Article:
Everything in late summer seems to have a fiery glow, like a last gasp of beauty before transitioning. My face also has a fiery glow after mowing the whole lawn in the heat, but I won’t subject you to that! Not a pretty sight. 😉
“People move because of the wear and tear of anxiety. Because of the gnawing feeling that no matter how hard they work their efforts will yield nothing, that what they build up in one year will be torn down in one day by others. Because of the impression that the future is blocked up, that they might do all right but not their children. Because of the feeling that nothing will change, that happiness and prosperity are possible only somewhere else.”
from Life of Pi, by Yann Martel
I’m reading this excellent book right now, and gems like the above jump out at me with broader significant meaning than just the context (of a family moving from Tamil Nadu in India during the reign of Indira Ghandi to Canada to start over). Anyone (sound familiar?) who has ever found it no longer possible or tolerable to live in a place that stifles all your efforts to thrive and provide a future for your family will recognize the sentiments in this passage. The fact that it was Canada is interesting, considering how many of us in this challenging, disturbing political climate here in the US have sometimes found their thoughts migrating north over the border. (Don’t tell me it’s never crossed your mind!) When you’re desperate, even arctic shock isn’t a deterrent.
I know many people, including my own family and ourselves, who came to this conclusion, that they needed to find a new place to live, for their future and/or children’s sake. If they stayed, everything they tried to accomplish would be torn down, nullified. They’d be suffocated, snuffed out. So many people in this country never get the chance, or take the risk, to start over in a more encouraging, progressive atmosphere. They and their families exist and die in “quiet desperation”.
I’ve never understood how people can do that, just give in, settle, and die. But having lived in post-depression era Ohio for two years, just waiting for the moment we can afford to move and start over before we die, I can begin to see how it happens. People just lose all hope, incentive, motivation, become apathetic and set in their ways, and never get out. Their families have always been here, and so shall they remain. Even tornados, flooding, or more intangible threats to their wellbeing won’t motivate them to upset the status quo. They’re resigned.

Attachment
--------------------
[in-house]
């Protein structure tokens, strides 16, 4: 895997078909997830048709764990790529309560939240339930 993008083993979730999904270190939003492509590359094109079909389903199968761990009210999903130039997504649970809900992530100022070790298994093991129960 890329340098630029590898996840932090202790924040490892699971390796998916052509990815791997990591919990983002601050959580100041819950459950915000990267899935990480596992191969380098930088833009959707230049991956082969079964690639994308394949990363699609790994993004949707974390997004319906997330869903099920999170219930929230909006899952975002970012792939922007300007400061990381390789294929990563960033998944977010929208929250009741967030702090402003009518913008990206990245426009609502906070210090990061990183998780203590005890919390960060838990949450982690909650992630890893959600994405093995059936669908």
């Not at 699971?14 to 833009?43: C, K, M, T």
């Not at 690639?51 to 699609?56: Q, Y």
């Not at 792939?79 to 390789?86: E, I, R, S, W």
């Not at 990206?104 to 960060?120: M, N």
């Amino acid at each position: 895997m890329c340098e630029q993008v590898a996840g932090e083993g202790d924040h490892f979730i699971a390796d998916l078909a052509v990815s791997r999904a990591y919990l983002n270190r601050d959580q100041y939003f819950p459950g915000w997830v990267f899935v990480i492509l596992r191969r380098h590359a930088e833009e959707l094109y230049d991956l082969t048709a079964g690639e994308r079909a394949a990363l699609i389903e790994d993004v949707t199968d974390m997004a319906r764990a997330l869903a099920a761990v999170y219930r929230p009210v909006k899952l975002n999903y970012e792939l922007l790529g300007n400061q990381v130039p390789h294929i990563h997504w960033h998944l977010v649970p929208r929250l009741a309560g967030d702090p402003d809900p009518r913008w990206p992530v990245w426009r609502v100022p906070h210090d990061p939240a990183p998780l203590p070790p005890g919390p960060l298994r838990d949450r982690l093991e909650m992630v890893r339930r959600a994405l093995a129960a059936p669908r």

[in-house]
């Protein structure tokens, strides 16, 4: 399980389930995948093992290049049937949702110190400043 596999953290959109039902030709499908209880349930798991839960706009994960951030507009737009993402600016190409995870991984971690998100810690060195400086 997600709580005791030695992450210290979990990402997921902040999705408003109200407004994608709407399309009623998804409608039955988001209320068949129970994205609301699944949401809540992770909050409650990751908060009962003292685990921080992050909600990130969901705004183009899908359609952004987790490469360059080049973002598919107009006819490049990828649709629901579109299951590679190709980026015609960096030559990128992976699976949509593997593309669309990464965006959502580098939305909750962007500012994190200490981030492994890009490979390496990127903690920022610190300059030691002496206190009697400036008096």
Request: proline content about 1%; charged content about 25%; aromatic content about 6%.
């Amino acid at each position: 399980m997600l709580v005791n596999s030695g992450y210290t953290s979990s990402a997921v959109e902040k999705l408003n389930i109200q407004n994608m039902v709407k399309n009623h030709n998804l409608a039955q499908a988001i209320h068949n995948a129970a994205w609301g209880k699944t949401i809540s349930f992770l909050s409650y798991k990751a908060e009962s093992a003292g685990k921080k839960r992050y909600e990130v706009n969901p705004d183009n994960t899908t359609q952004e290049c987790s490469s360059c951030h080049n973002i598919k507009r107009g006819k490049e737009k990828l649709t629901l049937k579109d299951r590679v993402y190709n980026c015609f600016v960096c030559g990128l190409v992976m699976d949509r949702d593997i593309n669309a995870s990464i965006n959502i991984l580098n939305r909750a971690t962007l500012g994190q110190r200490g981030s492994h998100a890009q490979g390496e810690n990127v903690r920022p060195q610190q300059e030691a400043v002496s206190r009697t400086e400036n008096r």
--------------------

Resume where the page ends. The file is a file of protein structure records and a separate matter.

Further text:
Ironically, these tend to be the same ignorant people who vote (if they vote) for some dangerous psycho clown who wants to return us to “the good old days” of bigotry, racism, phobias, and isolationism, ensuring that their quality of life and the very earth itself will be even worse for them and their grandkids. Go figure.
But this isn’t another political rant (ha, could have fooled you). It’s about why people leave it all behind to start over in an unfamiliar place. Political/economic refugees and migrants know this reality all too well, because they have no choice. Having lived in this backward midwestern state, I hear mind-boggling horror stories of extreme poverty, deprivation, and struggle that extended into this century, and continue to influence people’s mindsets and behaviors. My background, which I thought of as normal and average, which allowed me mobility and education that I took for granted, turns out to be exceptional privilege compared to the typical disadvantage around here.
If I felt intellectually and culturally stifled somewhere, I would just make it my business to move on, but people at this economic/social level considered themselves fortunate to just find a well-paying industry job for life, with a pension, be able to buy a modest house with a lawn in a blue-collar suburb of a blighted city, and settle in for the long haul. Their under-educated kids just mill around indifferently, with no future prospects. It probably doesn’t even occur to the folks who stayed behind after the economy crashed to risk starting over elsewhere, even if they could. They’re afraid of change, progress, the unknown.